Though both versions of the game were identical in overall gameplay and graphics, there were differences in the sound. While the SNES-voices sound somewhat muffled the Genesis version's voices are clearer, but scratchy. All tunes had to be remixed for the SNES version, offering a more natural instrumentation, while the Genesis version was closer to the arcade original thanks to the Yamaha soundchip being a relative of the one found in the arcade. The result are two very different sounding versions where every player had to judge his favorite by personal preferences. The PC Engine version is to be mentioned for having by far the clearest voices. The soundtrack is closer to the Genesis version than to the SNES version.

Street Fighter II′: Hyper Fighting (the arcade versions released outside of Japan never had the word Turbo in the title) has also been released on the Xbox 360's Xbox Live Arcade service featuring online play through Xbox Live and a new 'Quarters mode' which allows players to watch, and challenge others to matches. The order in which the players fight is represented by a US quarter. This was done to re-enact the arcade scene of the 1990s. The game was released on August 2, 2006 for a cost of 800 points ($10) and has become the fastest selling game on the Xbox Live Arcade service.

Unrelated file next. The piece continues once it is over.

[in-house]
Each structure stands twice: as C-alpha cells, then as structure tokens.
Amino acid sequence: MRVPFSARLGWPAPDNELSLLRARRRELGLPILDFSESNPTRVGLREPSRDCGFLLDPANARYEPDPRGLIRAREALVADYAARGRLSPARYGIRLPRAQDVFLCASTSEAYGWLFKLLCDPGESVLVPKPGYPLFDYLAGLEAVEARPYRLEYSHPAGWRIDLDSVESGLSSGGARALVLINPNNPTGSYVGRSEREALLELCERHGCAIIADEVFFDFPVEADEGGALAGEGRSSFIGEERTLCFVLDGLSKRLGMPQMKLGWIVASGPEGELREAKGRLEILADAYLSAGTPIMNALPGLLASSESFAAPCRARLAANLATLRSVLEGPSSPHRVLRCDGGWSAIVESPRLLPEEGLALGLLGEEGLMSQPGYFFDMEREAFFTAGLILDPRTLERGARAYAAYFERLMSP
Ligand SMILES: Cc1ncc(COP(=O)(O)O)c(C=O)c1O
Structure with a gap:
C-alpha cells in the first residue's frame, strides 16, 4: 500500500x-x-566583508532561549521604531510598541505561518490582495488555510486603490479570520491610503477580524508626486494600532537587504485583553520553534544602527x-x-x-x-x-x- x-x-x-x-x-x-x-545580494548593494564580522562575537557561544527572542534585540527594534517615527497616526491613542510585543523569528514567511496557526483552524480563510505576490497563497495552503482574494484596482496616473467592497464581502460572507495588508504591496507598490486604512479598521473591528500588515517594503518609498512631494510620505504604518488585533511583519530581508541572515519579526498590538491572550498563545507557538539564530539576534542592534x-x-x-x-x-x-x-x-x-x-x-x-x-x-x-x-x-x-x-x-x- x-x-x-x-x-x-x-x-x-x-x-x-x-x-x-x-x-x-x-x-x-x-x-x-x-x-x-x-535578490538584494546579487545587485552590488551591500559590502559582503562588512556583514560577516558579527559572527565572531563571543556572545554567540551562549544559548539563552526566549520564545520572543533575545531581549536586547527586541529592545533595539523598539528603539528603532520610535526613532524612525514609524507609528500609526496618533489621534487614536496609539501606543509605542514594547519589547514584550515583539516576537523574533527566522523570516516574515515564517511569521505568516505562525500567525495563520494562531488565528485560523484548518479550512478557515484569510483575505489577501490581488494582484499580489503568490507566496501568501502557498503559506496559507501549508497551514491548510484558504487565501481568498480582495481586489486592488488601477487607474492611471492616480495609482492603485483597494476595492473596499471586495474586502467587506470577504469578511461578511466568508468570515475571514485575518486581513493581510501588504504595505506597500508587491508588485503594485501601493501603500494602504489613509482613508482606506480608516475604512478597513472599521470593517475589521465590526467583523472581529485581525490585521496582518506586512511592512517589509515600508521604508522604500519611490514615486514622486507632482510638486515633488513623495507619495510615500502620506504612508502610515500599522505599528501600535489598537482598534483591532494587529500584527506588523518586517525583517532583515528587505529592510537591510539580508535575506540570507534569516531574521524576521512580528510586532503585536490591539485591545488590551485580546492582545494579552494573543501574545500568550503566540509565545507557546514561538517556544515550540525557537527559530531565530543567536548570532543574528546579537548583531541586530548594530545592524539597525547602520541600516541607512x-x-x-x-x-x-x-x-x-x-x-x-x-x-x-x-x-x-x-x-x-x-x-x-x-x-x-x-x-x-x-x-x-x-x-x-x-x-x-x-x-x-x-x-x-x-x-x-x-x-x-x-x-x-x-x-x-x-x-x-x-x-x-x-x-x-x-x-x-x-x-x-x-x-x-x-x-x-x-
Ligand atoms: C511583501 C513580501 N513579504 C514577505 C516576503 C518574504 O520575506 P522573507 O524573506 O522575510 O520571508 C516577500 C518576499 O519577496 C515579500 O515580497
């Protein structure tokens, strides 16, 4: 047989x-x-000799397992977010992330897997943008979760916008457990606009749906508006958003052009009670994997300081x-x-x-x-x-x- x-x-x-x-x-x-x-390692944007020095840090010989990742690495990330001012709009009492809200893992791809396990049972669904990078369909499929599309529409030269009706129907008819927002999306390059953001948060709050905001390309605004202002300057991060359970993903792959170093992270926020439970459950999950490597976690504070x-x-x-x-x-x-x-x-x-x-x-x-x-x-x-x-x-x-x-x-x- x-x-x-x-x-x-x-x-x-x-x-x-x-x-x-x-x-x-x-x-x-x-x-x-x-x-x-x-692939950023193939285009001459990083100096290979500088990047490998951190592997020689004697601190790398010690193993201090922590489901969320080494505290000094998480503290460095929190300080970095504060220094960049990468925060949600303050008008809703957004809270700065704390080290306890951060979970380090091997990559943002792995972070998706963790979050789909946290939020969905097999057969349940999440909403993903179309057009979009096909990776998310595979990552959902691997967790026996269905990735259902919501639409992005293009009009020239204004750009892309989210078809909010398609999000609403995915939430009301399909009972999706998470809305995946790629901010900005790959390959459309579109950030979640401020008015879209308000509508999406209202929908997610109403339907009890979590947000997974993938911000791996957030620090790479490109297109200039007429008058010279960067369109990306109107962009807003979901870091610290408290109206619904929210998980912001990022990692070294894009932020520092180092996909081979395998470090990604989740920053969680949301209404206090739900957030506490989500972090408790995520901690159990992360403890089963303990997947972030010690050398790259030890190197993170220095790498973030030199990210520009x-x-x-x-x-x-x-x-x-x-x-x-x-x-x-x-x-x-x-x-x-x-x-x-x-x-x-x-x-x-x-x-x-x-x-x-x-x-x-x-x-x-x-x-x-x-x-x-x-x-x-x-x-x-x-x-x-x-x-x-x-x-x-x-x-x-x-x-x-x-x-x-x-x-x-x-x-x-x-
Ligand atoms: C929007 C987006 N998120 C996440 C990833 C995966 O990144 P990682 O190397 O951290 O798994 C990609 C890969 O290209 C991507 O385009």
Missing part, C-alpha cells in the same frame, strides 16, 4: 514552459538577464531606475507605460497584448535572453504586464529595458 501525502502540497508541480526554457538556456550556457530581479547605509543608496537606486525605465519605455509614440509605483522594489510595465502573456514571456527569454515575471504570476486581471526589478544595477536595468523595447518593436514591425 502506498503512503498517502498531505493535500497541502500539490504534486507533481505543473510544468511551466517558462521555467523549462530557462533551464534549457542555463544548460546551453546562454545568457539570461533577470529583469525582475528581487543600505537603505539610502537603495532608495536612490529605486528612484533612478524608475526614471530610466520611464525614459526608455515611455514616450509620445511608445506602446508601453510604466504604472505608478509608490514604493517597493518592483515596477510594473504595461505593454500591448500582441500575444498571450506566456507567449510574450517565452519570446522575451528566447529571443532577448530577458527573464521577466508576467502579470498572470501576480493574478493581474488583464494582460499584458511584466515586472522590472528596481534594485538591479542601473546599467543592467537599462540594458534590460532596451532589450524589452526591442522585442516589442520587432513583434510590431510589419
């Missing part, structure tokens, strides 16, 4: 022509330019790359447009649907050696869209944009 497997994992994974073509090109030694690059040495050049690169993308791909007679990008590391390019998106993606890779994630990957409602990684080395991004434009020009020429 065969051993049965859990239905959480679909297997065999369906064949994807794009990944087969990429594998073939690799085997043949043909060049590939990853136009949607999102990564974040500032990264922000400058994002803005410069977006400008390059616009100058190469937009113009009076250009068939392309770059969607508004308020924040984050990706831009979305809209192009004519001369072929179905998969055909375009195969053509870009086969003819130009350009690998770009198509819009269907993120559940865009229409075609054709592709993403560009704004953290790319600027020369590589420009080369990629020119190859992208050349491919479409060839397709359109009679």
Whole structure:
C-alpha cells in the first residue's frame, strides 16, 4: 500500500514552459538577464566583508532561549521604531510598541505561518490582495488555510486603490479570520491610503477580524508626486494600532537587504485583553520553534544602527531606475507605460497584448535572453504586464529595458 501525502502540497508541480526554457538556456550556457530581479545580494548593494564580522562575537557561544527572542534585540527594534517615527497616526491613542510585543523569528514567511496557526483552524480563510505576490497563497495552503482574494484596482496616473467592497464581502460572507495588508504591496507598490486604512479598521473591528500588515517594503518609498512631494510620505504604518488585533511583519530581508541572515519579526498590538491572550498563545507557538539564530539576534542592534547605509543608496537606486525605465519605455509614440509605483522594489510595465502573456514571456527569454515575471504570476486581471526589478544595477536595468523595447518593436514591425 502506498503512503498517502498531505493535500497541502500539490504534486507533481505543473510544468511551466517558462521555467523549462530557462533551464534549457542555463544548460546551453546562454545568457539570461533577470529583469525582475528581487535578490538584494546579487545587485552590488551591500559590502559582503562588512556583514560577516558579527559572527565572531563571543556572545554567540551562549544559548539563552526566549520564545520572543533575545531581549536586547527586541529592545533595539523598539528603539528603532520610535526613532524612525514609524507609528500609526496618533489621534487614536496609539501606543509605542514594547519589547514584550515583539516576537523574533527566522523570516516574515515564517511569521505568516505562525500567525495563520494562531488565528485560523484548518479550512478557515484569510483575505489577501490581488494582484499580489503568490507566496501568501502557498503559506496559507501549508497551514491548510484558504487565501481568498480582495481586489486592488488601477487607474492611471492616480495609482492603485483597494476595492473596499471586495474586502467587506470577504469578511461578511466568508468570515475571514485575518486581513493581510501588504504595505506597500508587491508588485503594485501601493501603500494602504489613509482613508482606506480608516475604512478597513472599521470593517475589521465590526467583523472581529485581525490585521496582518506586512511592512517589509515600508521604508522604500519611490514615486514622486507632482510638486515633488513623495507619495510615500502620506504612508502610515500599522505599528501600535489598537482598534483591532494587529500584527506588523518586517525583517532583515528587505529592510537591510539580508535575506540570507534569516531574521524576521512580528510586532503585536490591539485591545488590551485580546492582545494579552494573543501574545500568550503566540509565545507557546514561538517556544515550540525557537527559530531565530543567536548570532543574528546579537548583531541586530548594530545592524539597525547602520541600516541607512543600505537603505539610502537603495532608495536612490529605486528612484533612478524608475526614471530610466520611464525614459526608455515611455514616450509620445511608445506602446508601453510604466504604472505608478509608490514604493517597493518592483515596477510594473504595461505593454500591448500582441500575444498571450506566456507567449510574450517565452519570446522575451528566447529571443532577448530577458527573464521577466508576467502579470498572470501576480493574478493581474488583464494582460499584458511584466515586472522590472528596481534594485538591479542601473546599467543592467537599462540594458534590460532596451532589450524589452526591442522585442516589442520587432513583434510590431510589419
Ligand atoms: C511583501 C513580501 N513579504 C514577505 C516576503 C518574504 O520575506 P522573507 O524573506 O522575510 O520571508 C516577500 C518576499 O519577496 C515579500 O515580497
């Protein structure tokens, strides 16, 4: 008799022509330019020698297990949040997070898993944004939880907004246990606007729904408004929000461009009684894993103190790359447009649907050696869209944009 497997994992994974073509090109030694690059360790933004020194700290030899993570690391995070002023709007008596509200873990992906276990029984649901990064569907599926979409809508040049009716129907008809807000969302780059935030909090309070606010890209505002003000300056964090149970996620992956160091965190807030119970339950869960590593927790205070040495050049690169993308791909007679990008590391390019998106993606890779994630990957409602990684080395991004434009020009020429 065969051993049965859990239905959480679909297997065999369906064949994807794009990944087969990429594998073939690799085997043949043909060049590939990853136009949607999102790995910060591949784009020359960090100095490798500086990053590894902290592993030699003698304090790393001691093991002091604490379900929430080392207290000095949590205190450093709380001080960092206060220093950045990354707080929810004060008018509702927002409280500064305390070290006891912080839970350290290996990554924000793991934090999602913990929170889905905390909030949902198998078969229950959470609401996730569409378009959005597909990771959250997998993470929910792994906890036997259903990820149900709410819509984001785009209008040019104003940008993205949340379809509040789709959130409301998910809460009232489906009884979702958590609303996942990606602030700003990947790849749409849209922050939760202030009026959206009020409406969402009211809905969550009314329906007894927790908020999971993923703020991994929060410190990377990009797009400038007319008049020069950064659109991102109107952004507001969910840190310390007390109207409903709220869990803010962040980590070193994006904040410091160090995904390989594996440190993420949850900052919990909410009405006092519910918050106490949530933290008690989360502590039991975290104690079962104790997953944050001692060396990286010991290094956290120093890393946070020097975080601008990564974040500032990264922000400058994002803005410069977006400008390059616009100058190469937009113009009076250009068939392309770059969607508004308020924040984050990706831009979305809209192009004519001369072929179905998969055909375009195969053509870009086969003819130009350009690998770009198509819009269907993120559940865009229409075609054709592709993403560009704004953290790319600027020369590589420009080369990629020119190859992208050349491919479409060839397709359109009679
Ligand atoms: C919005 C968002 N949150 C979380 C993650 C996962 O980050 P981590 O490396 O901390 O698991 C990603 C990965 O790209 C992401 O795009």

Recently, the SNES port, Street Fighter II Turbo: Hyper Fighting, has been released on the Wii Virtual Console for America and Europe for a cost of 800 Wii Points ($8 USD).

Super Street Fighter II and Super Street Fighter II Turbo

The SNES and Genesis received a port of Super Street Fighter II a year after their respective SFII Turbo ports, but was a commercial failure at retail and a financial hit to Capcom who had overestimated consumer demand. This was a sign that the audience was not willing to pay for annual updates of SFII, especially when Super Street Fighter II Turbo already superseded Super Street Fighter II in the arcades and fixed many of the complaints people had of SSFII. The SNES version was released on the Wii Virtual Console in 2008.

The FM Towns port is the first fighting game by Capcom to feature a color edit mode. It also features remixed soundtracks, the same ones found in the 3DO version of SSF2T, Street Fighter Collection 2 and the console versions of Hyper Street Fighter II.

The 3DO received the first console port of Super Street Fighter II Turbo; it featured the same remixed soundtracks found in the FM-TOWNS port of Super Street Fighter II, with full Q Sound support. The second port was for the IBM PC by Eurocom (released by Gametek) in 1995 and was the first truly ported version of a Street Fighter game for a home computer, helped by the fact that PC hardware was sufficiently powerful to reasonably duplicate the 2D graphics and sound capabilities, to the results of dedicated 2D game machines like the CPS-2, the original platform of the game. Up until this release, home computers received interpretive remakes of past Street Fighter games that did not play like the arcade games they were based on. An interpretive remake of Super Street Fighter II Turbo was on the Commodore Amiga for its AGA chipset based systems, coming on 12 floppy discs and requiring a hard drive to play.